5.  AlertsA Google Alert is a standing query that's automatically run for you on a daily or weekly basis.  Any changes in the web search results (or News) are automatically sent to you as an email.  Think of the Alerts tool as your personal assistant who is always scanning the net for you.  (I'll also write a longer post about this as well.)  I have Alerts set up for my name (so I can see who's talking about me!) and for four different topics I'm interested in.  Naturally, one of those topics  is "how to teach search skills," which I have set up to send me weekly updates.  It's a very handy way to track the latest in your special topic of interest.      

Hope you like these.  More to come in the days ahead.  

Have a wonderful holiday! 

Searching on into 2011... 


Thursday, December 23, 2010

Answer: Finding a quotation... even when it's not quite right

Just so you don't think less of me, I actually knew it was an incorrect quotation, but I've heard it so often that I wanted to bring this up as a topic.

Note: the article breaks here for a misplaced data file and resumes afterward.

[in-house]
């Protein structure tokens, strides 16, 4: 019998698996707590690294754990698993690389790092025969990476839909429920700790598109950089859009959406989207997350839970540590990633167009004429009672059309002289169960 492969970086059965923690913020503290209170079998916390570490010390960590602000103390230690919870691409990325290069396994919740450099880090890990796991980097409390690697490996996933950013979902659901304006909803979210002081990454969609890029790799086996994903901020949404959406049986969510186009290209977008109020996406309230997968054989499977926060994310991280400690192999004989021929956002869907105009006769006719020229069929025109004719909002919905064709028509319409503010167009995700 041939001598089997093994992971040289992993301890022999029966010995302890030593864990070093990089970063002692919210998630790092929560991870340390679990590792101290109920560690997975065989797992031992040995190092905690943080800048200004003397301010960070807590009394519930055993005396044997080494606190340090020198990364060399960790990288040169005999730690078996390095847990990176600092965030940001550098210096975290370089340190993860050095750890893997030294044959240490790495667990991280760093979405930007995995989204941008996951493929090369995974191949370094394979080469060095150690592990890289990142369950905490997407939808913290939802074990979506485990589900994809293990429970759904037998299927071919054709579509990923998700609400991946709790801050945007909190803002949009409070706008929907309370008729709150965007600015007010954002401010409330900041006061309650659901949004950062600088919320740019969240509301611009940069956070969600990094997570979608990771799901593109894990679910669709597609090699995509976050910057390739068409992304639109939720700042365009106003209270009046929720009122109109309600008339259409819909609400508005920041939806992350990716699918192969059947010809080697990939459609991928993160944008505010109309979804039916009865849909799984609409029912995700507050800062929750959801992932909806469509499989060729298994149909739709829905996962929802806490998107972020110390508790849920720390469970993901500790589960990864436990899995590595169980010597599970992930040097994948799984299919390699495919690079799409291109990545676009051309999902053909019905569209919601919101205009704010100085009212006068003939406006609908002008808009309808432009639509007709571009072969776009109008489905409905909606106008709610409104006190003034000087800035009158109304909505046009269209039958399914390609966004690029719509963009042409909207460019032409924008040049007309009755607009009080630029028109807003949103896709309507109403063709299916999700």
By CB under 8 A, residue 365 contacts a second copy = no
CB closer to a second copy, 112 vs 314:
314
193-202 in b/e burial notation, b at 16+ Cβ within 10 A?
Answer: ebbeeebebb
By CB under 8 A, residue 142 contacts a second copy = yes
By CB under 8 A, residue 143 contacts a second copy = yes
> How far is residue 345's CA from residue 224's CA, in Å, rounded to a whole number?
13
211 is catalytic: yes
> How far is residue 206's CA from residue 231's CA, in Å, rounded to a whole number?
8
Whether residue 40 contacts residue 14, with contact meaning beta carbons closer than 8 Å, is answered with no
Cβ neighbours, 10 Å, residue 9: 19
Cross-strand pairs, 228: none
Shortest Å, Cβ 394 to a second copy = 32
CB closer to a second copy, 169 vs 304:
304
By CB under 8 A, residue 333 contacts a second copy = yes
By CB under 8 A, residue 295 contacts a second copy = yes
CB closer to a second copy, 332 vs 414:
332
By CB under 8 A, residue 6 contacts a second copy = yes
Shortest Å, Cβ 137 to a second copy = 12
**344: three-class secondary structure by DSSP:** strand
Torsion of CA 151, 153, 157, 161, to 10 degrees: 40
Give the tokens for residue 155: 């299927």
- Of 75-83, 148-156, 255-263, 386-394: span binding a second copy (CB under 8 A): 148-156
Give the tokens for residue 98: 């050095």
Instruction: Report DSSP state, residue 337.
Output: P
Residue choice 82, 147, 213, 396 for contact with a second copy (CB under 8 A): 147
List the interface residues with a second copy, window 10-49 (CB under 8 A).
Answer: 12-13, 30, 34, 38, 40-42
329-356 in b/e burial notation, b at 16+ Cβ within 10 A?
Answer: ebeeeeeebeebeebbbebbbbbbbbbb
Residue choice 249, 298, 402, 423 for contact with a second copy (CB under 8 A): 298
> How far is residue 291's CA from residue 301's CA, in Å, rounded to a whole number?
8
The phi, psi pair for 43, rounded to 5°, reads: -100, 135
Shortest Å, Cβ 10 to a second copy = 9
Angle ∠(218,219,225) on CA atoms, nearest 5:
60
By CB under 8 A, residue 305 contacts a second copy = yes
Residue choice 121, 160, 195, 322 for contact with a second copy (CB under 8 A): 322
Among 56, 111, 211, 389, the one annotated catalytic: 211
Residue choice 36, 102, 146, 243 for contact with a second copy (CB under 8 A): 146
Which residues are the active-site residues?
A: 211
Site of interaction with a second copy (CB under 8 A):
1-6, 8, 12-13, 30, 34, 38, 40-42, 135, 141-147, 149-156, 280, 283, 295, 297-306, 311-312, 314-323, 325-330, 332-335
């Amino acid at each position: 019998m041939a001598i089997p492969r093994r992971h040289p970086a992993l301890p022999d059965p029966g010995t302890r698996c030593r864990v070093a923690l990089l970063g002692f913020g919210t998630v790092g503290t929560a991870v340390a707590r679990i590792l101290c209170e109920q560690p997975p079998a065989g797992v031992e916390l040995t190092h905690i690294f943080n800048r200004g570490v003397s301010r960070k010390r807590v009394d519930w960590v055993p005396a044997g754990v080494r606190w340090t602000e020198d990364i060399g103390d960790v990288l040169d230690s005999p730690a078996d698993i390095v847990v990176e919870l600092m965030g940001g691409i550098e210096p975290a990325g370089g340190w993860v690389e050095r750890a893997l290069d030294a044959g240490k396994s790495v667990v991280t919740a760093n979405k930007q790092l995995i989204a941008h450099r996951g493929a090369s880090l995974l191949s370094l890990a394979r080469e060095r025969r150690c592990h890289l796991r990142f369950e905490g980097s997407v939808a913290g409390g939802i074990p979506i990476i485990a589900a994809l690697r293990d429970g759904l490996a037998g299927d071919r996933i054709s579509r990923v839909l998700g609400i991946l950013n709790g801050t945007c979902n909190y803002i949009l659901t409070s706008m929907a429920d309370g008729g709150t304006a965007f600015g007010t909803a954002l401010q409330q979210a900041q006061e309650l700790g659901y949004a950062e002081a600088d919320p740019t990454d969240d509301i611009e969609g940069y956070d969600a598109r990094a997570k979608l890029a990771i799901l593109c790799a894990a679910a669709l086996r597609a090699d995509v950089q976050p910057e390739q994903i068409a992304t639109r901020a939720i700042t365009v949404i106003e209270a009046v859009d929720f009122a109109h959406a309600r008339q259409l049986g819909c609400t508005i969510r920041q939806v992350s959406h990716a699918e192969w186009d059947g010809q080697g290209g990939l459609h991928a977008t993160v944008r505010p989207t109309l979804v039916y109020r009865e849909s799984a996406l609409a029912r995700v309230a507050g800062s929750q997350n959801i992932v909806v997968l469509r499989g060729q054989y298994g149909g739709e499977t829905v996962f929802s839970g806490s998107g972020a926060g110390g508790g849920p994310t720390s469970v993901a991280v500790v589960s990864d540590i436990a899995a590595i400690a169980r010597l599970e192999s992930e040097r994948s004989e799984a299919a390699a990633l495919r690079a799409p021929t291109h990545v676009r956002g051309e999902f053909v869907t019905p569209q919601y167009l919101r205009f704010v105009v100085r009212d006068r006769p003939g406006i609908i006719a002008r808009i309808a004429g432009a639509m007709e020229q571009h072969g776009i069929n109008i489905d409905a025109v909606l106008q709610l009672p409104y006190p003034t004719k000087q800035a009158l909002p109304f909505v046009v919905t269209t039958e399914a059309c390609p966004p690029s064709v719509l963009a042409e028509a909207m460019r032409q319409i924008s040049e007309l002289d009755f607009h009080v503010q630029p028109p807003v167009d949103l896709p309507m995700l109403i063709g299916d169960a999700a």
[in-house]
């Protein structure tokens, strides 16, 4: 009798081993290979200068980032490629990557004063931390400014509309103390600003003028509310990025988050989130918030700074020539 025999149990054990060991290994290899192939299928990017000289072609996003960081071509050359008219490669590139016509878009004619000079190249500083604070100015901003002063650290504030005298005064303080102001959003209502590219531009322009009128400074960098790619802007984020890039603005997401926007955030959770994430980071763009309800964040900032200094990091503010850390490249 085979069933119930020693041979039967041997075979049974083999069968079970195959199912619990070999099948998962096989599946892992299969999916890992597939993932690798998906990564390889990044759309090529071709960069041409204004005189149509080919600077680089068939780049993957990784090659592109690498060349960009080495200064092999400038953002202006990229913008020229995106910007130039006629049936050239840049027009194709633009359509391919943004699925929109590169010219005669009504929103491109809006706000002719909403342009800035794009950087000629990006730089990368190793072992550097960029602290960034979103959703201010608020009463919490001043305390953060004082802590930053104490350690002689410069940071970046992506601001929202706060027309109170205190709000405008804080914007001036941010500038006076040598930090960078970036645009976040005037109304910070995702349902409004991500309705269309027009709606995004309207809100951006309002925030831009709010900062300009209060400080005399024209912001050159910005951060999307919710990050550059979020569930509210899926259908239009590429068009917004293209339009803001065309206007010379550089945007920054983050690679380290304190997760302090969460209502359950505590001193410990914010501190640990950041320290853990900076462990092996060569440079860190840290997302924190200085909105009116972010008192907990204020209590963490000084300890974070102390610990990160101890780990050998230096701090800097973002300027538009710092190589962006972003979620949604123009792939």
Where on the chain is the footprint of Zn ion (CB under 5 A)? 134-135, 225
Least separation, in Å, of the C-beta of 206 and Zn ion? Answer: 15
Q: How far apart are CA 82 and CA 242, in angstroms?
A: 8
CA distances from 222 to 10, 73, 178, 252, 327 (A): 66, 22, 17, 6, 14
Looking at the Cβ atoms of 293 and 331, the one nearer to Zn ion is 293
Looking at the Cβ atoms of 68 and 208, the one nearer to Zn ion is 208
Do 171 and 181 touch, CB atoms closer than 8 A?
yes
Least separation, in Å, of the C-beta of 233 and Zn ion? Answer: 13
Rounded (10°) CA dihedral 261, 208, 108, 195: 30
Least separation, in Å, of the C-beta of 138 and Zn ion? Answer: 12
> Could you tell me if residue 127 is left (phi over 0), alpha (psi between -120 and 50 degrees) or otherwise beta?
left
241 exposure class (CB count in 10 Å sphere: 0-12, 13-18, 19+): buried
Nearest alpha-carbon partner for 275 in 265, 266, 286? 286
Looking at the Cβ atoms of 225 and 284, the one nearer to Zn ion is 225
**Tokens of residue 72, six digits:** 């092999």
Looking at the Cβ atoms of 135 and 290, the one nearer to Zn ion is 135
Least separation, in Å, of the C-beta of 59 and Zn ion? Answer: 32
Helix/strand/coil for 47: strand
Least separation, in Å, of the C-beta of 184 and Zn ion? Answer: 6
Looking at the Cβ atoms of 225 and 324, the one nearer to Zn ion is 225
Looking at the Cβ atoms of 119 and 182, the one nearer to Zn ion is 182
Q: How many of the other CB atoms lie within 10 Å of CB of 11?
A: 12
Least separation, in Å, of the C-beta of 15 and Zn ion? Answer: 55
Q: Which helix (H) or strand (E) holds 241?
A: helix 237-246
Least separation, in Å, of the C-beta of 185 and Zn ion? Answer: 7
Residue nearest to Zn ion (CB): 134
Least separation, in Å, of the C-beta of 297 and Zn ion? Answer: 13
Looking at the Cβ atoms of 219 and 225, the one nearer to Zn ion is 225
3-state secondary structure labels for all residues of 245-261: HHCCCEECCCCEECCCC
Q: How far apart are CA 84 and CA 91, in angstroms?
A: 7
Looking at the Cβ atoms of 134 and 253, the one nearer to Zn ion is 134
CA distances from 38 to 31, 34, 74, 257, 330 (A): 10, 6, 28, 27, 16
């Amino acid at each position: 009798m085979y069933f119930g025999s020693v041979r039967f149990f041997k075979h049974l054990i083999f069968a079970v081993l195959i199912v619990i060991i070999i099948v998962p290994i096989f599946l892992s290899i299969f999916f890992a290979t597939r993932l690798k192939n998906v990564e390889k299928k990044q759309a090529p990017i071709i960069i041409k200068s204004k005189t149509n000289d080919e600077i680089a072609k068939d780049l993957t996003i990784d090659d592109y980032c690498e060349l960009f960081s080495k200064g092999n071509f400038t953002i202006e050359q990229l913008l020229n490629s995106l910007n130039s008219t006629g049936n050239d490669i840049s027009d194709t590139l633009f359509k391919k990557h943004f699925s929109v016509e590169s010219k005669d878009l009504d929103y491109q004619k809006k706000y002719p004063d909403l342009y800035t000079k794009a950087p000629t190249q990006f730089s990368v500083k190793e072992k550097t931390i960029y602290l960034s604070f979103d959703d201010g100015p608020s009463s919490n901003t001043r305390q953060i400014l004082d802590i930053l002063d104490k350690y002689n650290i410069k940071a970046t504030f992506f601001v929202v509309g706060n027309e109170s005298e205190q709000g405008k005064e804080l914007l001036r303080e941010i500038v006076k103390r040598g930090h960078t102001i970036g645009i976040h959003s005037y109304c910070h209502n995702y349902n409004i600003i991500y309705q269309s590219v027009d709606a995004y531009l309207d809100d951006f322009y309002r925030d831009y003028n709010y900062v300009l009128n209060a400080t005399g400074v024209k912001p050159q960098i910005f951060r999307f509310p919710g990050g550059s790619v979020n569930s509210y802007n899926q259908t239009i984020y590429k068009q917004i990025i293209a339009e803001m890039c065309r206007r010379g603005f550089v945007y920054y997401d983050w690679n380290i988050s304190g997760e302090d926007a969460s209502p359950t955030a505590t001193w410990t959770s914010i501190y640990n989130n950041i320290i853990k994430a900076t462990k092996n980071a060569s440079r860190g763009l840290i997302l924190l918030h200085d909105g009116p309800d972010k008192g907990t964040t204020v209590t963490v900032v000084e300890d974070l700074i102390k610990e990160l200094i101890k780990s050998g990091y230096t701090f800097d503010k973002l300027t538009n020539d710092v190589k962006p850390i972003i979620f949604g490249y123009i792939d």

As you can see from the comments, several people were able to solve this question fairly quickly.  But it's interesting to look at WHY they were able to do so.  

Hans found that this was a misquote and ended up at -- and he's absolutely correct.  The correct quote is The best laid schemes o' mice an' men gang aft a-gley.--Robert Burns ("To a Mouse").  Fred and JPP also found this out, and give the entire stanza as: 

But Mousie, thou are no thy-lane,
In proving foresight may be vain:
The best laid schemes o' Mice an' Men,
Gang aft agley,
An' lea'e us nought but grief an' pain,
For promis'd joy!

Which gives a clear clue about why it's so misremembered--it's written in a Scots dialect which is, to say the least, not part of standard American English.  (See the Wikipedia article on "To a mouse" for a nice side-by-side translation.)  

We've talked about mondegreens and misquotes before (see blog post from March 20, 2010: "Quotes/ misquotes / mondegreens")  but I wanted to bring up another aspect of misquotation:  what do you do when you've got it all wrong?  

In this case, we're saved by the sheer number of people who misquote Burns.  Fred's path to the correct poem was by finding the phrase "of mice and men" being reused by Steinbeck, which then led him to Burns.  Luckily, SO many people make this error that there's an industry of Questions and Answers (QA) sites that points searchers rightly.